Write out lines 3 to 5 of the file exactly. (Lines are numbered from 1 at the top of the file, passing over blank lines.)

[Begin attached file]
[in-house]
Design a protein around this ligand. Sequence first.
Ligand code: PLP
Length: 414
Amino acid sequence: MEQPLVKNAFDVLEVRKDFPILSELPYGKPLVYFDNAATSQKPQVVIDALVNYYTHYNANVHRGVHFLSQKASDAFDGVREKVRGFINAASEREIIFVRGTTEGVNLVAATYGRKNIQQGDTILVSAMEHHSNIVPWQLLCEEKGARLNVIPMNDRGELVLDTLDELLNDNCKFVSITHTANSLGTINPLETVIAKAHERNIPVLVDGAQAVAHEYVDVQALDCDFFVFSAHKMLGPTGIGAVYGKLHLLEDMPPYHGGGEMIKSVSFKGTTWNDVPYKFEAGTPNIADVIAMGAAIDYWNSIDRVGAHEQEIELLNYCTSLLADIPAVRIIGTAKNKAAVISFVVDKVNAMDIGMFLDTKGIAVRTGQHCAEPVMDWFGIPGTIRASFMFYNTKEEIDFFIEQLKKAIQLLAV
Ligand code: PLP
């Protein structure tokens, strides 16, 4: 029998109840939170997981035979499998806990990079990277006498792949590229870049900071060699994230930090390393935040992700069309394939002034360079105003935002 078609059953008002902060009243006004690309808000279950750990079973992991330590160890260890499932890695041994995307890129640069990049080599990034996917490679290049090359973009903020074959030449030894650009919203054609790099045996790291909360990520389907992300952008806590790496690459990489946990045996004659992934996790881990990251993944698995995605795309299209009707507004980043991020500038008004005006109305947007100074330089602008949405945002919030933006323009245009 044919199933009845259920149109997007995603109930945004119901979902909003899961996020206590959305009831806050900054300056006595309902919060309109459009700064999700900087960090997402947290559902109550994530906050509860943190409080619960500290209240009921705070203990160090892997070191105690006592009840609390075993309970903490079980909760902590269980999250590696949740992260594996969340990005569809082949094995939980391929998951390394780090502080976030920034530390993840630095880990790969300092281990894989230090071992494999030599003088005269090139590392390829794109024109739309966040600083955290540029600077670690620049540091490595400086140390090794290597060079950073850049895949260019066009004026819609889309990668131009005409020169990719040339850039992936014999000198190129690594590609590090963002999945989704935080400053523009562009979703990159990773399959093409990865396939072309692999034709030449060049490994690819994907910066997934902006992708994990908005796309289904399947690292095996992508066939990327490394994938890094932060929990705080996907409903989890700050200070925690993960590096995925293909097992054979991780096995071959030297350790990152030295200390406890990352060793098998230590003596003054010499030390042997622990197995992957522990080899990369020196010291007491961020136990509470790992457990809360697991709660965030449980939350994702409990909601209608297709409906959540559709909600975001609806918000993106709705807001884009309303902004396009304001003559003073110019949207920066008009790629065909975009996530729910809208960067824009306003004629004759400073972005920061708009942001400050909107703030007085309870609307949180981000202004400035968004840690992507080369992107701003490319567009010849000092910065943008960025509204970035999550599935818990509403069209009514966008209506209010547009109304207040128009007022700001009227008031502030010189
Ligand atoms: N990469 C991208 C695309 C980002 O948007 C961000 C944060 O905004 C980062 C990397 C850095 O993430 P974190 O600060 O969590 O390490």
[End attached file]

Ligand code: PLP
Length: 414
Amino acid sequence: MEQPLVKNAFDVLEVRKDFPILSELPYGKPLVYFDNAATSQKPQVVIDALVNYYTHYNANVHRGVHFLSQKASDAFDGVREKVRGFINAASEREIIFVRGTTEGVNLVAATYGRKNIQQGDTILVSAMEHHSNIVPWQLLCEEKGARLNVIPMNDRGELVLDTLDELLNDNCKFVSITHTANSLGTINPLETVIAKAHERNIPVLVDGAQAVAHEYVDVQALDCDFFVFSAHKMLGPTGIGAVYGKLHLLEDMPPYHGGGEMIKSVSFKGTTWNDVPYKFEAGTPNIADVIAMGAAIDYWNSIDRVGAHEQEIELLNYCTSLLADIPAVRIIGTAKNKAAVISFVVDKVNAMDIGMFLDTKGIAVRTGQHCAEPVMDWFGIPGTIRASFMFYNTKEEIDFFIEQLKKAIQLLAV